There was a time when she couldn’t keep her eyes off him, and vice versa. That was true more than a third of a century ago. It may even be true today. But one thing is incontestable. We cannot keep our eyes off Bill and Hillary. Their story beguiles us, bewilders us, obsesses us.
BILL AND HILLARY: The Politics of the Personal
It began as a story of admiration, matured into one of ambition, whipped into another of forgiveness, and aged into a parable of redemption. In its interstices were love, lust, loss — and the price of loyalty. Their greatest triumphs and most mortifying trials were played out before our eyes.
They still are. Down-market, the supermarket tabs carried lurid stories about the fate of their marriage as recently as early August. Up-market, one of America’s most distinguished publishing houses just released a chronicle of their marriage called, inevitably, “Bill and Hillary,’’ and written, improbably, by a Duke University historian who holds an endowed chair, has a dozen books to his credit, and argues that his subjects are “two people who even more than Eleanor and Franklin speak to the intersection of the personal and the political.’’
That notion is the principle, or perhaps the pretext, of William H. Chafe’s examination — sometimes reflective, sometimes raunchy, always riveting — of a power couple worthy of the name, for between them they have accumulated one term as state attorney general, four terms as governor, two as president, one as senator, and one as secretary of state.
Ranking with the Adamses, Roosevelts, Kennedys, and Bushes, the Clintons have quietly become one of the most important families in American history, and there is substantial reason to think their final chapter is yet to be written.
So Chafe’s volume does not qualify as the final word, though it prompts us to question again how the role of childhood, the dynamics of a marriage, and the cross-currents of appetite for power and personal betrayal mold a public figure or, in this unusual case, a public couple.
This joint biography opens with a quick look at their disparate early lives — his certainly more chaotic and undeniably less suburban than hers but no more defining — and follows each through youth and their meeting at Yale University, the point at which the book fully achieves traction.
“Bill and Hillary brought out the best in each other,’’ Chafe writes. “She helped impart discipline and rigor into his quest for making a difference. He helped soften and humanize her.’’
Their styles were different — that’s an understatement — and yet they complemented each other, and still do so. “Bill was gentle, affable, averse to conflict, and loath to attack people,’’ Chafe says in a meditation on the couple’s law-school years. “Hillary was tough, direct, willing to fight and take the battle to the other side.’’
But just because they were complementary doesn’t mean their passage was smooth, even in their early married years, when their dreams and ambitions were more robust than their resumes. The couple seemed discordant in Arkansas eyes. His mother couldn’t fathom Hillary. I remember visiting Virginia Clinton myself, well before her son became president, and as we walked around the house she showed me a particularly unflattering picture of a young woman and asked me whether I could guess who it was. I was stumped.
Her answer: “My lovely daughter-in-law.’’ Then she added: “She’s come a long way, hasn’t she?”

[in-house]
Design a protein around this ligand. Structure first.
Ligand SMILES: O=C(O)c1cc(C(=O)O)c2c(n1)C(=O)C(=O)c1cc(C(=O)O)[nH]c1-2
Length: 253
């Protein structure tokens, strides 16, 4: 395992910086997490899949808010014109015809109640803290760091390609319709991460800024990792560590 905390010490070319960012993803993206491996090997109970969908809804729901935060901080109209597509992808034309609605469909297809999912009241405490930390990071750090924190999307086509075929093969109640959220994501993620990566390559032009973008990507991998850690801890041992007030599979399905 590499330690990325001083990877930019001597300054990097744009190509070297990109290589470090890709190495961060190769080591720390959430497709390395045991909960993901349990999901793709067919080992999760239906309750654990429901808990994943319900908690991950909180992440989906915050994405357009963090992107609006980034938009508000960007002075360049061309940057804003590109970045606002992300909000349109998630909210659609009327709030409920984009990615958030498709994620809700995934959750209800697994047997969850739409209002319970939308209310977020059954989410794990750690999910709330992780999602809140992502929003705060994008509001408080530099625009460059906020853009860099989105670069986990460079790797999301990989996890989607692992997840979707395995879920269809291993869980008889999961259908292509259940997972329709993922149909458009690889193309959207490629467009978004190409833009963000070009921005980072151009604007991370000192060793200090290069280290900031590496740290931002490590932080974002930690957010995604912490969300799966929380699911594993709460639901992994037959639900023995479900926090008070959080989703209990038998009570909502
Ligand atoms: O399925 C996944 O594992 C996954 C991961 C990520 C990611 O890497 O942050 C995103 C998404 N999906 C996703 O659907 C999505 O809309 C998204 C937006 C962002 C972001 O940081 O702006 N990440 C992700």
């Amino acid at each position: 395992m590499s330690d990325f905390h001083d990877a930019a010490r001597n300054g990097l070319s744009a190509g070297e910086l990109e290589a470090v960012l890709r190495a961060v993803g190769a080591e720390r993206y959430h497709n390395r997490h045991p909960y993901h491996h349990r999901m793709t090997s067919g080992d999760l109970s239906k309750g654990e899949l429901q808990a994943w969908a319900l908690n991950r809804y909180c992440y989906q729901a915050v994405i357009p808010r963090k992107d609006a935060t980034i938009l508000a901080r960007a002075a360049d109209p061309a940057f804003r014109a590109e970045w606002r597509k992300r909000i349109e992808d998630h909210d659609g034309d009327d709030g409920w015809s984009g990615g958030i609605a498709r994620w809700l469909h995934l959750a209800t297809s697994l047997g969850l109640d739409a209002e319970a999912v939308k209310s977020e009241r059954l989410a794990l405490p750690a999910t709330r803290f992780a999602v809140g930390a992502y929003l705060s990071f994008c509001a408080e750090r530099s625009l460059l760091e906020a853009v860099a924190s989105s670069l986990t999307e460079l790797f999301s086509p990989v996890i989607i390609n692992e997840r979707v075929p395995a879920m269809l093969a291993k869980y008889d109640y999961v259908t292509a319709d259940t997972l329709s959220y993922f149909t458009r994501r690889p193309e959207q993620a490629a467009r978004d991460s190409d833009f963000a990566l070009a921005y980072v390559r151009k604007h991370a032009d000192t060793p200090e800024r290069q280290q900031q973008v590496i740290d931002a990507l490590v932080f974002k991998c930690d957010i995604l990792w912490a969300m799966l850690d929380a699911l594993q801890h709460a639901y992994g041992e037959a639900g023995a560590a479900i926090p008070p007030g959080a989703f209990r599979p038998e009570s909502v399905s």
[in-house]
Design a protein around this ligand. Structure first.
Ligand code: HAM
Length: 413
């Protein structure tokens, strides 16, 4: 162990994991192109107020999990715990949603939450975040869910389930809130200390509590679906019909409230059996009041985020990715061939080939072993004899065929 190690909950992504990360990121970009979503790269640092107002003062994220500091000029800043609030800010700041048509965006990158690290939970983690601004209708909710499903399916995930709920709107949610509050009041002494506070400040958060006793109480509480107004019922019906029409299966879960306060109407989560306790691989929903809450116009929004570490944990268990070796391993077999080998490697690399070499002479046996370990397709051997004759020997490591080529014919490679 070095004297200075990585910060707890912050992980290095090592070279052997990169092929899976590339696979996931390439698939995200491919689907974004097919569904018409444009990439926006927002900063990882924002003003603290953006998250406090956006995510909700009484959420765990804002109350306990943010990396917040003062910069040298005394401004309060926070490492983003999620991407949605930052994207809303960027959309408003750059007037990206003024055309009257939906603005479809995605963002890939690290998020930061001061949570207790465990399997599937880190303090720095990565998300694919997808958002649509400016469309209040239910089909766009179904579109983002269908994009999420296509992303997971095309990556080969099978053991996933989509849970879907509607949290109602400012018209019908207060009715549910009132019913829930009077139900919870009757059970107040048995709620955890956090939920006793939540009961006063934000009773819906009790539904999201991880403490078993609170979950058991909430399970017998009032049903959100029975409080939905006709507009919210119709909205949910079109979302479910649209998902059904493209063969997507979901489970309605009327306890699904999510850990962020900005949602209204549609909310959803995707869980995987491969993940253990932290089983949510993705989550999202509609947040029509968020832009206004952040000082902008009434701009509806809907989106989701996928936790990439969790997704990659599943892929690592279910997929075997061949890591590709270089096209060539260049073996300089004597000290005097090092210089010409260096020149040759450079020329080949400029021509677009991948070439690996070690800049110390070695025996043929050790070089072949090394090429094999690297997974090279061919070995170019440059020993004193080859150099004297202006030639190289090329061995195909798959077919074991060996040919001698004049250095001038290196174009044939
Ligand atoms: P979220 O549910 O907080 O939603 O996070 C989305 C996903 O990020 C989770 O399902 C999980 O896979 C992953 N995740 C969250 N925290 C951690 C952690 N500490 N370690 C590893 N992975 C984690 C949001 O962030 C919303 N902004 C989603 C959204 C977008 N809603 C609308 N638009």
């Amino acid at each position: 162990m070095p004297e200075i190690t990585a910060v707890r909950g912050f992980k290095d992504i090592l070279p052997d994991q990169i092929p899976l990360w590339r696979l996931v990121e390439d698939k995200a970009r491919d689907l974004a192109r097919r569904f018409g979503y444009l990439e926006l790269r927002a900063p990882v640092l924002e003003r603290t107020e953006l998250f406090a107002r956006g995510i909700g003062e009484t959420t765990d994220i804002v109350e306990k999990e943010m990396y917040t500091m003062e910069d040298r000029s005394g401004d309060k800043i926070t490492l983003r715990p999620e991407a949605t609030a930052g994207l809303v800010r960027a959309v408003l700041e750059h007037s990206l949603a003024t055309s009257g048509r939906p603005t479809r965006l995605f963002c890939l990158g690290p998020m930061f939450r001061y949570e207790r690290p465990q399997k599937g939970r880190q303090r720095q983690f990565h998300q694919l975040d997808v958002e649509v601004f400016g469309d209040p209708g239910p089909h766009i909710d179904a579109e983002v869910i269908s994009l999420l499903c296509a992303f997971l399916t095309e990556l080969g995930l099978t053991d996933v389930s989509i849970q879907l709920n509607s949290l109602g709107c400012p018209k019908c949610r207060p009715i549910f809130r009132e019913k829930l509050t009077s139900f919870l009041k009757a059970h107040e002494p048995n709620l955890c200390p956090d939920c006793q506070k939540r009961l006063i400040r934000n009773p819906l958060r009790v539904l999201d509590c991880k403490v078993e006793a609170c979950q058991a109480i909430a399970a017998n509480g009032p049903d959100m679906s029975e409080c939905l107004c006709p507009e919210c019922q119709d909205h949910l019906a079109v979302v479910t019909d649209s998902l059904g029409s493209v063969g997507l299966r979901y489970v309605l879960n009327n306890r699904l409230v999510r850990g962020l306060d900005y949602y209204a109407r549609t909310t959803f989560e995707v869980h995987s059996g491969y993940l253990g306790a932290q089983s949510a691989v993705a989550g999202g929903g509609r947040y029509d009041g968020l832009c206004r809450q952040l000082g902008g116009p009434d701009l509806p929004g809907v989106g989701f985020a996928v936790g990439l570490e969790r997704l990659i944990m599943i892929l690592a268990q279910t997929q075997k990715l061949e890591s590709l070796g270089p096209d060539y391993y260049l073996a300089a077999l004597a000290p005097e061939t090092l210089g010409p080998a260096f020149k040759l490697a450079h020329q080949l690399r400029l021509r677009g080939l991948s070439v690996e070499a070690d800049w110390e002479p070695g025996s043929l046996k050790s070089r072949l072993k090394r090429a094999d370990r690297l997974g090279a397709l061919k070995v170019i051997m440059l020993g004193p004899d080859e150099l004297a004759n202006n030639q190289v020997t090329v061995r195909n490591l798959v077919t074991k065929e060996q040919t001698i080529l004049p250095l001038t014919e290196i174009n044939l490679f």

Chafe writes that Hillary decided to marry Bill — it’s one of the irritating tics of this work that the two are referred to by first names, but it’s almost unavoidable in a book like this — mostly out of love but partly out of the calculation that if she wanted to change the world, he could be one of the change agents. “[T]his relationship,’’ he argues, “might be the most realistic way to achieve what her heart told her to do and also what her mind wanted.’’
This, of course, is speculation, and in truth much of this book is speculation. Only two people know what goes on in a marriage, and even they cannot be fully sure, as the two principals have separate perspectives. So while the reader might jump into these pages with abandon — there’s some juicy stuff here, though not much that camp followers don’t already know, or suspect — some skepticism is warranted. If the rationale for this book is analysis (how the personal and political intersect) then the reader must remember that this book is one scholar’s interpretation, based mostly on secondary sources.
It is, however, clear that the Clintons spent much of their adult lives on the same wavelength — and on the warpath. They fended off repeated questions about his infidelities and her investments; they struggled with keeping a marriage and a presidential administration together; they juggled personal and professional responsibilities, all while one was the leader of the free world and the other was a pathfinder for women living in the White House and for women with undaunted strong views and high hopes who often bumped into glass ceilings.
Time and again, Hillary defended Bill, often taking the lead when almost no one else in their circle had the taste or stature to do so, particularly when impeachment loomed.
But Chafe sees clearly what we who were there, chronicling the Clintons in real time, missed: Her intransigence fortified his indomitability, her denials buttressing his defiance.
“Hillary’s strength in that moment,’’ Chafe writes of the wall of denials that surrounded the president after the initial allegations about sex with a White House intern, “closed off any possibility that Bill Clinton would waffle on the [Monica] Lewinsky matter.’’
The rest, as they don’t say but probably should, is mystery.